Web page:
RPS reports deficit following period of investment
The Royal Pharmaceutical Society says financial position remains ‘very strong’.
Source: Royal Pharmaceutical Society
The Royal Pharmaceutical Society (RPS) recorded a net loss of £1m in 2014 following a rise in costs attributed to investment in staff and product development.
Overall expenditure by the RPS in the calendar year 2014 rose by almost £2m while income increased by only £913,000. The 2014 loss was higher than the budgeted deficit of £849,000.
The Society had a temporary net current liability by the end of 2014, following ongoing costs resulting from the purchase and refurbishment of its new premises at 66 East Smithfield. Net current assets will be restored in the 2015 financial statement once the £15.4m sale of the 1 Lambeth High Street premises goes ahead, the RPS said.
The RPS insists its financial position remains “very strong” and will improve further once the building sale goes ahead. Total funds held by the Society, excluding the pension scheme, stand at £13.8m, which is around £1m lower than 2013.
Simon Redman, RPS director of finance and resources, says: “The RPS is part-way through its strategy of enhancing and growing the range of products and services for its members and customers of its publishing portfolio.
“Our plans showed that in the short-term this would result in a loss for 2014, but this was necessary in order to secure the future of the organisation. We are beginning to bear the fruits of these planned developments, and as a result we are well positioned to return to profitability within the next few years.”
Investment in products
Costs from the professional activities of the Society climbed by £898,000 as income fell by £131,000. The RPS invested £421,000 in staff learning, development, training and recruitment, while a further £480,000 was spent on member services including the Foundation programme, local practice forum activities, development of the RPS Faculty and the membership and marketing team.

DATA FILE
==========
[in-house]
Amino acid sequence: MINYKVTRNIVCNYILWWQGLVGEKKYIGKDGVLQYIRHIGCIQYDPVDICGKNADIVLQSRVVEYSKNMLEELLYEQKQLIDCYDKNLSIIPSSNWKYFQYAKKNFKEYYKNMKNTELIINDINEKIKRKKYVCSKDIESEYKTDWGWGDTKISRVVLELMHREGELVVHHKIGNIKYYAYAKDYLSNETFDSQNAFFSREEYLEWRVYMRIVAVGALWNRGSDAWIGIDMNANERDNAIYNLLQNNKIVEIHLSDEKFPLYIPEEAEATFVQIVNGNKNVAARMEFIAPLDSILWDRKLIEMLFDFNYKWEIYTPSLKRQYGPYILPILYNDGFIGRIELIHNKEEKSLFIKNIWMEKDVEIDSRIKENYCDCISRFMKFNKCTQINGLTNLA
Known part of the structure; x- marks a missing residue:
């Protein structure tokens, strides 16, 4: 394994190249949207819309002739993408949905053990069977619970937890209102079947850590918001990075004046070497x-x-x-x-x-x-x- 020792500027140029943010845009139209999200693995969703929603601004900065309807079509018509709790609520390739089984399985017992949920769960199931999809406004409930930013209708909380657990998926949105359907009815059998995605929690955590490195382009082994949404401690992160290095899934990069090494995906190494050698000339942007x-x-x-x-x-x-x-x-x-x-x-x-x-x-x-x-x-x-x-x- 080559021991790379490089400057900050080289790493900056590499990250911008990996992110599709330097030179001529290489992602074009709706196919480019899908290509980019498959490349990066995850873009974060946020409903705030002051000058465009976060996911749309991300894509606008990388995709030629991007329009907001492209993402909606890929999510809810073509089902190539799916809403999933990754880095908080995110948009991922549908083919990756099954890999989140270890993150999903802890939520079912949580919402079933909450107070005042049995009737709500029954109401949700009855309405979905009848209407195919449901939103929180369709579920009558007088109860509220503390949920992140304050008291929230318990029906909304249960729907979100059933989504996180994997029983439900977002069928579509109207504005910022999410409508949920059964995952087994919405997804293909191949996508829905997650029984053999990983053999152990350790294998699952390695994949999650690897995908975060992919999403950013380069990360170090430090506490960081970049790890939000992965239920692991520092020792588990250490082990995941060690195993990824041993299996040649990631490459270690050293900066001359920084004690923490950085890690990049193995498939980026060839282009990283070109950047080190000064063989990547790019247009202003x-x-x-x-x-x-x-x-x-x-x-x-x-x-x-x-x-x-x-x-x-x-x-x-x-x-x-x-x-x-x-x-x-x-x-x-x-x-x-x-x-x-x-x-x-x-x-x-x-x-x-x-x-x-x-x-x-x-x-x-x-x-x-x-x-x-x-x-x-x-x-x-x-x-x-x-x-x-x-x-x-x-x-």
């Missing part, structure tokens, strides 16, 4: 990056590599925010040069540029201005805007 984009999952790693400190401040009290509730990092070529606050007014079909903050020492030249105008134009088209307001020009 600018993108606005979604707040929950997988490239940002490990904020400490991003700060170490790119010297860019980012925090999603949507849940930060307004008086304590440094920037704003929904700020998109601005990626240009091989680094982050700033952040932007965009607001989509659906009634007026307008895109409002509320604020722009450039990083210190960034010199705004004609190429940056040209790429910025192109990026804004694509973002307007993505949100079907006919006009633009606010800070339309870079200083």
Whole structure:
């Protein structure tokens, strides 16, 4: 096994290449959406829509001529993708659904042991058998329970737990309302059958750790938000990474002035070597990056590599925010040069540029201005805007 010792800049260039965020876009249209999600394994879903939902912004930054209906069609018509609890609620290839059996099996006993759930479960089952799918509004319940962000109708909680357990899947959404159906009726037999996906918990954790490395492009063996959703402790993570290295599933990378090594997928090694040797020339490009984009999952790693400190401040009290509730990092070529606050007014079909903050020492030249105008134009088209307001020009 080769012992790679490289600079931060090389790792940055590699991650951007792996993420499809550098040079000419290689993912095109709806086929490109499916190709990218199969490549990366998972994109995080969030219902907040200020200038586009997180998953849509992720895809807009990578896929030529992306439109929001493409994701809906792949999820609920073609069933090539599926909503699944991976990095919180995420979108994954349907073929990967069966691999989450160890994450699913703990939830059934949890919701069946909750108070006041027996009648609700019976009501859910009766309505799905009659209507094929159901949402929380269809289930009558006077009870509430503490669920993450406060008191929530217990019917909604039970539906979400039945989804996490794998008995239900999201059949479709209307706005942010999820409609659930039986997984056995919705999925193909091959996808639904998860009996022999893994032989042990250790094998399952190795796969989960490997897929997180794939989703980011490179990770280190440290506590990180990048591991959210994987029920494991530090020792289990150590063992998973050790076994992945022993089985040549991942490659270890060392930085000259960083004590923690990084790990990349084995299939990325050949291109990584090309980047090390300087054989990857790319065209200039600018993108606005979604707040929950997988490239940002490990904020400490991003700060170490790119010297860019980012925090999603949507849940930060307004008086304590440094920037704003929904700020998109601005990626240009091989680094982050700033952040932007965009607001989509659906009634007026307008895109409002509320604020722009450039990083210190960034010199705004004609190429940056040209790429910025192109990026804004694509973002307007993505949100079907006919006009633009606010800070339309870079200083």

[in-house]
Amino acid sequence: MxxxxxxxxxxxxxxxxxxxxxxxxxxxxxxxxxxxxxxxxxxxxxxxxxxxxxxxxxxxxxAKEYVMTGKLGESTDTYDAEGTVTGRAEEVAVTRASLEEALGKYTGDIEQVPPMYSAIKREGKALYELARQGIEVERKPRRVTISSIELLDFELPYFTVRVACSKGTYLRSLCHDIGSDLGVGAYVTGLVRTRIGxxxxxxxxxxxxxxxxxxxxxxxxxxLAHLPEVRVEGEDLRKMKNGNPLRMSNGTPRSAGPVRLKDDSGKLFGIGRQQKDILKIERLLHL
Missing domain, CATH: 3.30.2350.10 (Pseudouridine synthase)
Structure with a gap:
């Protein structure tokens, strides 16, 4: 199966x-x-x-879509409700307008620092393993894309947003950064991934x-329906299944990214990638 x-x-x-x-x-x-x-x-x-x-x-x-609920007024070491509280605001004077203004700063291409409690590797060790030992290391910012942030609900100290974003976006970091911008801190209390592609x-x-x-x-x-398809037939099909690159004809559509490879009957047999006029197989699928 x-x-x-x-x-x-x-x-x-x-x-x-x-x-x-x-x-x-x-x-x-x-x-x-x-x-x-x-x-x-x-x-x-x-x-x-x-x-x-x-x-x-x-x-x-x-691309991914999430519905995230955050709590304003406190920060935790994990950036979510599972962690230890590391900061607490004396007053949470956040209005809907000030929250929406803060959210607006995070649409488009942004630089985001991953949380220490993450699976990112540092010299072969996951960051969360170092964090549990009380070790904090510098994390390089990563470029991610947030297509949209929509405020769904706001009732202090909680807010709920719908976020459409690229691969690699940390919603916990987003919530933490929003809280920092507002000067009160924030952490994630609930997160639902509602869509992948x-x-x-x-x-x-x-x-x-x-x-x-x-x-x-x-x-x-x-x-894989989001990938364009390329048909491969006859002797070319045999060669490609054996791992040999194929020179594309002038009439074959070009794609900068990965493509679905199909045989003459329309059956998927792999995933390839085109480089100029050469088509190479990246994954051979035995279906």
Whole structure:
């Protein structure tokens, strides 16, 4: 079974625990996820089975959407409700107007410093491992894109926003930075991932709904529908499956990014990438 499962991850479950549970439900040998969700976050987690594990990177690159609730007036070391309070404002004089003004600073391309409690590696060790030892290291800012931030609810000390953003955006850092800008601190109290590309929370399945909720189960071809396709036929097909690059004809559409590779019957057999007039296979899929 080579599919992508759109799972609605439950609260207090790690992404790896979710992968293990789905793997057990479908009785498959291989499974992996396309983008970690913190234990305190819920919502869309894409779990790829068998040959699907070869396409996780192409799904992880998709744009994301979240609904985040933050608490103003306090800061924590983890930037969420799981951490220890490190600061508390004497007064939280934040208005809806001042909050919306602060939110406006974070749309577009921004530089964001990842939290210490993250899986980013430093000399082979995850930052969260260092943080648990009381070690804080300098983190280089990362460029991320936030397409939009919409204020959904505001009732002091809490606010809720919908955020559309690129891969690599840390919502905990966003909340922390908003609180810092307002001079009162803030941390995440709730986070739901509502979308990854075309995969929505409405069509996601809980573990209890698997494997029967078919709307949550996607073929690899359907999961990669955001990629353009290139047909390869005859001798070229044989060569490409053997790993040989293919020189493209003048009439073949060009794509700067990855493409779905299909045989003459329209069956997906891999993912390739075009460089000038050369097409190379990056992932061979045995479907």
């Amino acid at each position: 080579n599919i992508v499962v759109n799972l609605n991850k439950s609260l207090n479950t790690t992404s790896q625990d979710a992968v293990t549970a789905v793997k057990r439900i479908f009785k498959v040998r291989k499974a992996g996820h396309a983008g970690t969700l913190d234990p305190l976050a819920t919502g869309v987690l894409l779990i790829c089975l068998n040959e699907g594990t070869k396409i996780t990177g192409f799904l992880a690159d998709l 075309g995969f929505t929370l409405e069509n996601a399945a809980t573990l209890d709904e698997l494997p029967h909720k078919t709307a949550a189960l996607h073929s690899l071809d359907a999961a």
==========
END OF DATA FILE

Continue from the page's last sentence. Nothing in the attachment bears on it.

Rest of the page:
Pharmaceutical Press, which publishes The Pharmaceutical Journal, saw costs rise by £1.1m compared with 2013 on account of investment in The Pharmaceutical Journal and its website, a new MedicinesComplete platform, and sales and marketing. Revenues increased by £1m in the same period.
The Society also made capital investments of £586,000 spread over five years on new product development, including for The Pharmaceutical Journal, MedicinesComplete, British National Formulary and educational technology, in a bid to generate more revenue in the future.
Overall cash and deposits held by the RPS fell by £4.6m because of spending on new product development and the acquisition and refurbishment of the Society’s new headquarters. However, assets rose by just over £4m as a result of this investment.
Membership revenues increased by £50,000, coinciding with a 3.8% increase in paying members. The number of members stood at 46,506 on 31 December 2014, with 31,896 paying members.
Citation: The Pharmaceutical Journal DOI: 10.1211/PJ.2015.20068575
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